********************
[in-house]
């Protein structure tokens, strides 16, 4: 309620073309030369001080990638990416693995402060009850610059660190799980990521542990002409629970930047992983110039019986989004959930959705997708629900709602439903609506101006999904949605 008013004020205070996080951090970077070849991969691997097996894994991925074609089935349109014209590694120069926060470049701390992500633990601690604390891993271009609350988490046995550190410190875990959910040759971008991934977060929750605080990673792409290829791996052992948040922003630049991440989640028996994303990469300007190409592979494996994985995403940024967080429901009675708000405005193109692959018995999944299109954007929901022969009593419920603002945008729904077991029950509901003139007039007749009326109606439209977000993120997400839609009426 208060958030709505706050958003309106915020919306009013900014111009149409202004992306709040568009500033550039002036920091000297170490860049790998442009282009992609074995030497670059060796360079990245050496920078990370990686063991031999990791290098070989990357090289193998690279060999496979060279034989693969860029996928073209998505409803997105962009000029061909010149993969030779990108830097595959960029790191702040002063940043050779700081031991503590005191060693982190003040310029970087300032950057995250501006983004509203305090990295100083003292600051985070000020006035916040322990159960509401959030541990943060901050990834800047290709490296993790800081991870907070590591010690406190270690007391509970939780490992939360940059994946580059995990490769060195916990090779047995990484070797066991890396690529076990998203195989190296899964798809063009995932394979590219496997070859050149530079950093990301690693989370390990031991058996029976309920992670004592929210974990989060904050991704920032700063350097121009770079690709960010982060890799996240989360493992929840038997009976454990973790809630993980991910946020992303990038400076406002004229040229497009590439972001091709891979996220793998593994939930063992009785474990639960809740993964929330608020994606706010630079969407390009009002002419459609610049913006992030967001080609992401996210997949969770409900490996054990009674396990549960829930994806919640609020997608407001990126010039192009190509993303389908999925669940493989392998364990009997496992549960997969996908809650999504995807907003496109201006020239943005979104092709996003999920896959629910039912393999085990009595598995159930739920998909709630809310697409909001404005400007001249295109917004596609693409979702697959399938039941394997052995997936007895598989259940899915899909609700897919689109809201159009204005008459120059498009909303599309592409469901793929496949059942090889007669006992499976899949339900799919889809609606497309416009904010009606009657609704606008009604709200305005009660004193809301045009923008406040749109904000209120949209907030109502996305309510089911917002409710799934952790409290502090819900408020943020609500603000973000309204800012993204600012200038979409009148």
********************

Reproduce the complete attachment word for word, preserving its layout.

[in-house]
């Protein structure tokens, strides 16, 4: 309620073309030369001080990638990416693995402060009850610059660190799980990521542990002409629970930047992983110039019986989004959930959705997708629900709602439903609506101006999904949605 008013004020205070996080951090970077070849991969691997097996894994991925074609089935349109014209590694120069926060470049701390992500633990601690604390891993271009609350988490046995550190410190875990959910040759971008991934977060929750605080990673792409290829791996052992948040922003630049991440989640028996994303990469300007190409592979494996994985995403940024967080429901009675708000405005193109692959018995999944299109954007929901022969009593419920603002945008729904077991029950509901003139007039007749009326109606439209977000993120997400839609009426 208060958030709505706050958003309106915020919306009013900014111009149409202004992306709040568009500033550039002036920091000297170490860049790998442009282009992609074995030497670059060796360079990245050496920078990370990686063991031999990791290098070989990357090289193998690279060999496979060279034989693969860029996928073209998505409803997105962009000029061909010149993969030779990108830097595959960029790191702040002063940043050779700081031991503590005191060693982190003040310029970087300032950057995250501006983004509203305090990295100083003292600051985070000020006035916040322990159960509401959030541990943060901050990834800047290709490296993790800081991870907070590591010690406190270690007391509970939780490992939360940059994946580059995990490769060195916990090779047995990484070797066991890396690529076990998203195989190296899964798809063009995932394979590219496997070859050149530079950093990301690693989370390990031991058996029976309920992670004592929210974990989060904050991704920032700063350097121009770079690709960010982060890799996240989360493992929840038997009976454990973790809630993980991910946020992303990038400076406002004229040229497009590439972001091709891979996220793998593994939930063992009785474990639960809740993964929330608020994606706010630079969407390009009002002419459609610049913006992030967001080609992401996210997949969770409900490996054990009674396990549960829930994806919640609020997608407001990126010039192009190509993303389908999925669940493989392998364990009997496992549960997969996908809650999504995807907003496109201006020239943005979104092709996003999920896959629910039912393999085990009595598995159930739920998909709630809310697409909001404005400007001249295109917004596609693409979702697959399938039941394997052995997936007895598989259940899915899909609700897919689109809201159009204005008459120059498009909303599309592409469901793929496949059942090889007669006992499976899949339900799919889809609606497309416009904010009606009657609704606008009604709200305005009660004193809301045009923008406040749109904000209120949209907030109502996305309510089911917002409710799934952790409290502090819900408020943020609500603000973000309204800012993204600012200038979409009148």